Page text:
## Electromagnetic fieldsThis revised edition provides patient guidance in its clear and organized presentation of problems. It is rich in variety, large in number and provides very careful treatment of relativity. One outstanding feature is the inclusion of simple, standard examples demonstrated in different methods that will allow students to enhance and understand their calculating abilities. There are over 145 worked examples; virtually all of the standard problems are included. |

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Page 261

At large

13(1): “Z 3 2 (14-20) z and varies inversely as the cube of the

respect, it is similar to the electric field of a dipole as we saw in (10-35), for

example ...

At large

**distances**from the circle, that is, for z>>a, (14-18) approximates to I 'a213(1): “Z 3 2 (14-20) z and varies inversely as the cube of the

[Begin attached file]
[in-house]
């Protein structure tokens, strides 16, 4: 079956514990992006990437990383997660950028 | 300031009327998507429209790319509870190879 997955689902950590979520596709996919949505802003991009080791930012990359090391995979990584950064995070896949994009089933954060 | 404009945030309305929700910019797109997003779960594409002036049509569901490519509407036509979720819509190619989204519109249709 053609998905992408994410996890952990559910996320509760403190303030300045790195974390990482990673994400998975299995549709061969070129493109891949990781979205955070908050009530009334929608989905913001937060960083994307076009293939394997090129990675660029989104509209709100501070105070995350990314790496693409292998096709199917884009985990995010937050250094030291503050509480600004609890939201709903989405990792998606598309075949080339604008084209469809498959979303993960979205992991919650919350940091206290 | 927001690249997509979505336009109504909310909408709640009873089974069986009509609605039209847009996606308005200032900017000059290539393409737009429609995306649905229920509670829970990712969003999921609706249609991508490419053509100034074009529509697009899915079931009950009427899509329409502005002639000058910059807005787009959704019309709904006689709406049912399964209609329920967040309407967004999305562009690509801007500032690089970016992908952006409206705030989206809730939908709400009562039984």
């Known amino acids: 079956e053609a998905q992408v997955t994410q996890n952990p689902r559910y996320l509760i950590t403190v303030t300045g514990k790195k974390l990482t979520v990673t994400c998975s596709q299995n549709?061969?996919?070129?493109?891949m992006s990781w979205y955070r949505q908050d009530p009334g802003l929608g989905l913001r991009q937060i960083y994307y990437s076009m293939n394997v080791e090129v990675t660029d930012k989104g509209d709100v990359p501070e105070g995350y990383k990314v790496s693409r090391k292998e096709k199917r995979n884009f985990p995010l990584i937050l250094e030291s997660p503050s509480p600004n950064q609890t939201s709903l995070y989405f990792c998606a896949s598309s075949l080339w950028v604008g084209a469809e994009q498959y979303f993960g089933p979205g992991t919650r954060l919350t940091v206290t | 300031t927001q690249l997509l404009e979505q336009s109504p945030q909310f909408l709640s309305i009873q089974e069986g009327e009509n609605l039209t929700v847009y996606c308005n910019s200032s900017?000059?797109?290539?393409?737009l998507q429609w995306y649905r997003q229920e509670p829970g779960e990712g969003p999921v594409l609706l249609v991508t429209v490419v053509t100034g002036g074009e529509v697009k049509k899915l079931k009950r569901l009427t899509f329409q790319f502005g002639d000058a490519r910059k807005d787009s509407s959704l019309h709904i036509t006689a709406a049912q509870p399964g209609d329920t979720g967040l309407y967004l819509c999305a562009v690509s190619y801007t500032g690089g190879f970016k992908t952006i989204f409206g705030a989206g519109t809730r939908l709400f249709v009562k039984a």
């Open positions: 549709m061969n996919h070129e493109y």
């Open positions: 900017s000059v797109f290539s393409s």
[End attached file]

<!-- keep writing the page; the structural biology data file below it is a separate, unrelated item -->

**distance**z. In thisrespect, it is similar to the electric field of a dipole as we saw in (10-35), for

example ...

Page 480

(In radio transmission, the

called the “skip

the incident wave has been “reflected” from the plasma. At the

)=90° ...

(In radio transmission, the

**distance**between the point of origin and return iscalled the “skip

**distance**,” and it can be many hundreds of kilometers.) In effect,the incident wave has been “reflected” from the plasma. At the

**distance**z,,,, 0,,(z,,,)=90° ...

Page 570

It is helpful to express our results in terms of the

the angle 0 made by r with the direction of the velocity. We see from the figure

that x = rcos0 whiley2+ z2= r2sin20 so that y2x2+y2+z2=rLy2(1—B2sin20) (28-

150) ...

It is helpful to express our results in terms of the

**distance**r from the charge andthe angle 0 made by r with the direction of the velocity. We see from the figure

that x = rcos0 whiley2+ z2= r2sin20 so that y2x2+y2+z2=rLy2(1—B2sin20) (28-

150) ...

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